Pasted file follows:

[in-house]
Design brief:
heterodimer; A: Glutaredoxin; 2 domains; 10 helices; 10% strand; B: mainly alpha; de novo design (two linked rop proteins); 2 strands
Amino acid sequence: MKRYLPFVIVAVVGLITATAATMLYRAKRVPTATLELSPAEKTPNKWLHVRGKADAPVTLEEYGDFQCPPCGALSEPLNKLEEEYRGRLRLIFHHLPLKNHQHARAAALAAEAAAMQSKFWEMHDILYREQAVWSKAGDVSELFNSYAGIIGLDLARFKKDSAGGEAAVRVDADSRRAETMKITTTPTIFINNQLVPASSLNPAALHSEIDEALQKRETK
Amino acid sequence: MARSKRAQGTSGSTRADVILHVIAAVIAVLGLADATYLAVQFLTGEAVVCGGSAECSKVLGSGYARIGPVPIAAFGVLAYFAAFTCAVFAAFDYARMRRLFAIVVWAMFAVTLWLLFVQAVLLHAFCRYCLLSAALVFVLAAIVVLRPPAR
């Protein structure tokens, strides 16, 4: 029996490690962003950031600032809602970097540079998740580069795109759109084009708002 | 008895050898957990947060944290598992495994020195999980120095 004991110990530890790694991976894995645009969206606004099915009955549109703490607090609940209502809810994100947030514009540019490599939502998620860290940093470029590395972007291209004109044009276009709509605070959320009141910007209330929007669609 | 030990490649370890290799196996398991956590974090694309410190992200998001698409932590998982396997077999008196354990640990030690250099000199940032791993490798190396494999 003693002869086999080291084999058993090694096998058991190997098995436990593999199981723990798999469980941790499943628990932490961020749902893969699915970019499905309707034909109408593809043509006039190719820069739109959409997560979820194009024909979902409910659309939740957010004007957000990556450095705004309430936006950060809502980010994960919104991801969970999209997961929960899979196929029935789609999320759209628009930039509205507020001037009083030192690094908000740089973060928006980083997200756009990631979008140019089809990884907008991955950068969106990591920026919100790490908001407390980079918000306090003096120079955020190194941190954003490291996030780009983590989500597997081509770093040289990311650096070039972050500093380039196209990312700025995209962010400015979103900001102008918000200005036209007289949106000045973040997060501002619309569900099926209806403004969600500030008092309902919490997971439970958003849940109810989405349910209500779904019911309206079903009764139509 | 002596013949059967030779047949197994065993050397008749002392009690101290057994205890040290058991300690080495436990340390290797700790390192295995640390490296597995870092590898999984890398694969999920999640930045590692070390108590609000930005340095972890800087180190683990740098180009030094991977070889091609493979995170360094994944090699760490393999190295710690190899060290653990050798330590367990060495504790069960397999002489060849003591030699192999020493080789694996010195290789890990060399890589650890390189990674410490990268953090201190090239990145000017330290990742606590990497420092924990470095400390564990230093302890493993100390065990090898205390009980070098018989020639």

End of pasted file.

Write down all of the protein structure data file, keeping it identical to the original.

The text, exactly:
[in-house]
Design brief:
heterodimer; A: Glutaredoxin; 2 domains; 10 helices; 10% strand; B: mainly alpha; de novo design (two linked rop proteins); 2 strands
Amino acid sequence: MKRYLPFVIVAVVGLITATAATMLYRAKRVPTATLELSPAEKTPNKWLHVRGKADAPVTLEEYGDFQCPPCGALSEPLNKLEEEYRGRLRLIFHHLPLKNHQHARAAALAAEAAAMQSKFWEMHDILYREQAVWSKAGDVSELFNSYAGIIGLDLARFKKDSAGGEAAVRVDADSRRAETMKITTTPTIFINNQLVPASSLNPAALHSEIDEALQKRETK
Amino acid sequence: MARSKRAQGTSGSTRADVILHVIAAVIAVLGLADATYLAVQFLTGEAVVCGGSAECSKVLGSGYARIGPVPIAAFGVLAYFAAFTCAVFAAFDYARMRRLFAIVVWAMFAVTLWLLFVQAVLLHAFCRYCLLSAALVFVLAAIVVLRPPAR
């Protein structure tokens, strides 16, 4: 029996490690962003950031600032809602970097540079998740580069795109759109084009708002 | 008895050898957990947060944290598992495994020195999980120095 004991110990530890790694991976894995645009969206606004099915009955549109703490607090609940209502809810994100947030514009540019490599939502998620860290940093470029590395972007291209004109044009276009709509605070959320009141910007209330929007669609 | 030990490649370890290799196996398991956590974090694309410190992200998001698409932590998982396997077999008196354990640990030690250099000199940032791993490798190396494999 003693002869086999080291084999058993090694096998058991190997098995436990593999199981723990798999469980941790499943628990932490961020749902893969699915970019499905309707034909109408593809043509006039190719820069739109959409997560979820194009024909979902409910659309939740957010004007957000990556450095705004309430936006950060809502980010994960919104991801969970999209997961929960899979196929029935789609999320759209628009930039509205507020001037009083030192690094908000740089973060928006980083997200756009990631979008140019089809990884907008991955950068969106990591920026919100790490908001407390980079918000306090003096120079955020190194941190954003490291996030780009983590989500597997081509770093040289990311650096070039972050500093380039196209990312700025995209962010400015979103900001102008918000200005036209007289949106000045973040997060501002619309569900099926209806403004969600500030008092309902919490997971439970958003849940109810989405349910209500779904019911309206079903009764139509 | 002596013949059967030779047949197994065993050397008749002392009690101290057994205890040290058991300690080495436990340390290797700790390192295995640390490296597995870092590898999984890398694969999920999640930045590692070390108590609000930005340095972890800087180190683990740098180009030094991977070889091609493979995170360094994944090699760490393999190295710690190899060290653990050798330590367990060495504790069960397999002489060849003591030699192999020493080789694996010195290789890990060399890589650890390189990674410490990268953090201190090239990145000017330290990742606590990497420092924990470095400390564990230093302890493993100390065990090898205390009980070098018989020639």